Scientists at the Johns Hopkins University focusing on developing a tech tool to help better diagnose concussions and predict where related brain damage has likely occurred. He is paying more attention to the collateral damage that can occur during football games.
K.T. Ramesh, a mechanical engineering professor and director of the Hopkins Extreme Materials Institute has been exploring traumatic brain injuries for quite a long time. Most as of late, he has utilized National Institutes of Health subsidizing to work together with NIH analysts and Jerry L. Ruler, a teacher in the college’s Department of Electrical and Computer Engineering, in the formation of an advanced head display.
Since every individual’s cerebrum is interesting and responds distinctively when focused on, he trusts customized computerized head models will some time or another be utilized by therapeutic experts to all the more rapidly and adequately analyze blackouts.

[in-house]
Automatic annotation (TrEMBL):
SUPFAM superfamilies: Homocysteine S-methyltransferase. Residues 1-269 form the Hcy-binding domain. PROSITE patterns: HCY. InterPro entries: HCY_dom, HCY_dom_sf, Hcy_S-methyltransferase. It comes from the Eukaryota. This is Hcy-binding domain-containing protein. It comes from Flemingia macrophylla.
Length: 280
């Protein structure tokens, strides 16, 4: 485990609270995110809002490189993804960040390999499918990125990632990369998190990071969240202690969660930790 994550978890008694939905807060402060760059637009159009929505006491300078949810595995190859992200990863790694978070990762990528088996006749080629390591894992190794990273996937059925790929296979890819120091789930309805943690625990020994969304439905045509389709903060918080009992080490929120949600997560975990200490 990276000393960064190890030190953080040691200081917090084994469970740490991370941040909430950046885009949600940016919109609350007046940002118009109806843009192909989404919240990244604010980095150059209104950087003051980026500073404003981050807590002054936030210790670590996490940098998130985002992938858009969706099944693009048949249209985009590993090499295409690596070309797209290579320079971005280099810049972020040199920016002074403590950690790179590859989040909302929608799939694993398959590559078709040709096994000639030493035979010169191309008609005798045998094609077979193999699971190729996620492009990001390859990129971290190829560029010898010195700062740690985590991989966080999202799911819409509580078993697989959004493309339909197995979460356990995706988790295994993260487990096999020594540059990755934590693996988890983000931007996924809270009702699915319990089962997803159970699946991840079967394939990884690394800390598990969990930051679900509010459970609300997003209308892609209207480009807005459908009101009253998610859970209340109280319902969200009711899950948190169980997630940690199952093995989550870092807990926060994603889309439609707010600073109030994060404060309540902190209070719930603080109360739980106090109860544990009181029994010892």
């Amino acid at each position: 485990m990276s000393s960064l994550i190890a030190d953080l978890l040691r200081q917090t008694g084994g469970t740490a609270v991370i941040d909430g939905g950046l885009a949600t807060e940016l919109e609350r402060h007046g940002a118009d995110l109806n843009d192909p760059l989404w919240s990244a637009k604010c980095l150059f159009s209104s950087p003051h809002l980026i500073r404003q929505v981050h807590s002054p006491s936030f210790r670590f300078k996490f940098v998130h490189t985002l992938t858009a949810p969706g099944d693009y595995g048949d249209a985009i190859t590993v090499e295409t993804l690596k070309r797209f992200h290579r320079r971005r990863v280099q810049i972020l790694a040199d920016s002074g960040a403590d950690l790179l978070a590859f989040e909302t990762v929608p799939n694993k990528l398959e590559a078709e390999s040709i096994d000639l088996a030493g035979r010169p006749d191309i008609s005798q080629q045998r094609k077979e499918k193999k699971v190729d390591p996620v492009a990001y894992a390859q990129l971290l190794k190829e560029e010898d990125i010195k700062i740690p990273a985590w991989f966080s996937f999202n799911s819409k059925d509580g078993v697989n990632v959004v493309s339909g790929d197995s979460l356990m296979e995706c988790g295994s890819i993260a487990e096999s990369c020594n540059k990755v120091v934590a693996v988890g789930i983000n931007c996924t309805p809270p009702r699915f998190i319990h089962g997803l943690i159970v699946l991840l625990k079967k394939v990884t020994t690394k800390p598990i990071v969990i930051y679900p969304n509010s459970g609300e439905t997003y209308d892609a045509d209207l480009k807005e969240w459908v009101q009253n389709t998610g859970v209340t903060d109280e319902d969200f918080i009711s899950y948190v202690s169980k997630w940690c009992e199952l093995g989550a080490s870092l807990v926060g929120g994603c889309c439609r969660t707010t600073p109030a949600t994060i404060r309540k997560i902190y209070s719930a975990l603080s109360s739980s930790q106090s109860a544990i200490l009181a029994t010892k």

He said, “You can get a concussion even without being hit in the head. All you need to do is move the head fast enough. Let’s say you get hit on the side of the shoulder, and you hit the ground, shoulder first. Your head may rotate rapidly, without ever hitting the ground. The impact is what most people think about, but the rotation may actually be more important in terms of a concussion. So, the bigger danger may be when your head gets turned too fast.”
“If we already have a history of scans when an athlete gets a head injury. We can say that, based on the kind of person you are and the kind of event that occurred, it’s likely to be this kind of injury, and therefore medical professionals should perhaps use this kind of diagnostic procedure to look at it.”